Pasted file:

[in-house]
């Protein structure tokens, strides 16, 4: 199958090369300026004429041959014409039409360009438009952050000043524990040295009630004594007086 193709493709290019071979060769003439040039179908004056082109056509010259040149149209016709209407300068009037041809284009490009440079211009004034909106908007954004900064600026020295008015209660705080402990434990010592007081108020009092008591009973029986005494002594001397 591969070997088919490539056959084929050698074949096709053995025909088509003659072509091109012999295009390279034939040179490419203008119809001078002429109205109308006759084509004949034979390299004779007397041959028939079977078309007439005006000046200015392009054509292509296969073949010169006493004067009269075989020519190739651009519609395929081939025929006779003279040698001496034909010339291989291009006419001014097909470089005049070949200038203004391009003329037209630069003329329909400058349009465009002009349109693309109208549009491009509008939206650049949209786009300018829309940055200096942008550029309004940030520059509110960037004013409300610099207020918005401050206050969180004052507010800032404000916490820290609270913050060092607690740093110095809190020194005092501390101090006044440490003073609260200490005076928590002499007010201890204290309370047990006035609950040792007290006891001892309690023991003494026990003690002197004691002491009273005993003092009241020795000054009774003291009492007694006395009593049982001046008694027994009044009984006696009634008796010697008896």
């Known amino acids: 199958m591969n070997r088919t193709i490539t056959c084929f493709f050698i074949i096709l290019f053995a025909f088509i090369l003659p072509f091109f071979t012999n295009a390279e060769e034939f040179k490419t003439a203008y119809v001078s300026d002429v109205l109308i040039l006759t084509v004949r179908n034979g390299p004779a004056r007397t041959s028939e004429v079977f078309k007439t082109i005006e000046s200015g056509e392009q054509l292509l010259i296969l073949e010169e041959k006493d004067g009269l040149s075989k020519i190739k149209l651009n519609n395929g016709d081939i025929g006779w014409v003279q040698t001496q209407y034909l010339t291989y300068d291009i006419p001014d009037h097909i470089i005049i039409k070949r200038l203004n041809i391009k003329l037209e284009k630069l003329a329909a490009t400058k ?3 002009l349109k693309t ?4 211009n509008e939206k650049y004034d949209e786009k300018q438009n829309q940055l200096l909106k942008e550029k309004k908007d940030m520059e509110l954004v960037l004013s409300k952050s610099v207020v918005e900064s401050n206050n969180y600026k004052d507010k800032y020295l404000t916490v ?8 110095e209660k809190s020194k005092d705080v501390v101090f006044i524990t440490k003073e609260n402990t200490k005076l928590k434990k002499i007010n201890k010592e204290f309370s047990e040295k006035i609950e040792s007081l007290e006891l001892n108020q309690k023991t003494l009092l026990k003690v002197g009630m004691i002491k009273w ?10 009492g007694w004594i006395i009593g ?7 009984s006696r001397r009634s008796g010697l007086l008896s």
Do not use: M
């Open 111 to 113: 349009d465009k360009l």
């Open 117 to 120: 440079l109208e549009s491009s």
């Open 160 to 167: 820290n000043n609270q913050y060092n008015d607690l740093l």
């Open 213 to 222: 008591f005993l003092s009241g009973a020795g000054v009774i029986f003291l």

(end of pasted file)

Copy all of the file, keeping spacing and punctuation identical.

[in-house]
């Protein structure tokens, strides 16, 4: 199958090369300026004429041959014409039409360009438009952050000043524990040295009630004594007086 193709493709290019071979060769003439040039179908004056082109056509010259040149149209016709209407300068009037041809284009490009440079211009004034909106908007954004900064600026020295008015209660705080402990434990010592007081108020009092008591009973029986005494002594001397 591969070997088919490539056959084929050698074949096709053995025909088509003659072509091109012999295009390279034939040179490419203008119809001078002429109205109308006759084509004949034979390299004779007397041959028939079977078309007439005006000046200015392009054509292509296969073949010169006493004067009269075989020519190739651009519609395929081939025929006779003279040698001496034909010339291989291009006419001014097909470089005049070949200038203004391009003329037209630069003329329909400058349009465009002009349109693309109208549009491009509008939206650049949209786009300018829309940055200096942008550029309004940030520059509110960037004013409300610099207020918005401050206050969180004052507010800032404000916490820290609270913050060092607690740093110095809190020194005092501390101090006044440490003073609260200490005076928590002499007010201890204290309370047990006035609950040792007290006891001892309690023991003494026990003690002197004691002491009273005993003092009241020795000054009774003291009492007694006395009593049982001046008694027994009044009984006696009634008796010697008896």
């Known amino acids: 199958m591969n070997r088919t193709i490539t056959c084929f493709f050698i074949i096709l290019f053995a025909f088509i090369l003659p072509f091109f071979t012999n295009a390279e060769e034939f040179k490419t003439a203008y119809v001078s300026d002429v109205l109308i040039l006759t084509v004949r179908n034979g390299p004779a004056r007397t041959s028939e004429v079977f078309k007439t082109i005006e000046s200015g056509e392009q054509l292509l010259i296969l073949e010169e041959k006493d004067g009269l040149s075989k020519i190739k149209l651009n519609n395929g016709d081939i025929g006779w014409v003279q040698t001496q209407y034909l010339t291989y300068d291009i006419p001014d009037h097909i470089i005049i039409k070949r200038l203004n041809i391009k003329l037209e284009k630069l003329a329909a490009t400058k ?3 002009l349109k693309t ?4 211009n509008e939206k650049y004034d949209e786009k300018q438009n829309q940055l200096l909106k942008e550029k309004k908007d940030m520059e509110l954004v960037l004013s409300k952050s610099v207020v918005e900064s401050n206050n969180y600026k004052d507010k800032y020295l404000t916490v ?8 110095e209660k809190s020194k005092d705080v501390v101090f006044i524990t440490k003073e609260n402990t200490k005076l928590k434990k002499i007010n201890k010592e204290f309370s047990e040295k006035i609950e040792s007081l007290e006891l001892n108020q309690k023991t003494l009092l026990k003690v002197g009630m004691i002491k009273w ?10 009492g007694w004594i006395i009593g ?7 009984s006696r001397r009634s008796g010697l007086l008896s």
Do not use: M
């Open 111 to 113: 349009d465009k360009l």
């Open 117 to 120: 440079l109208e549009s491009s």
């Open 160 to 167: 820290n000043n609270q913050y060092n008015d607690l740093l």
């Open 213 to 222: 008591f005993l003092s009241g009973a020795g000054v009774i029986f003291l």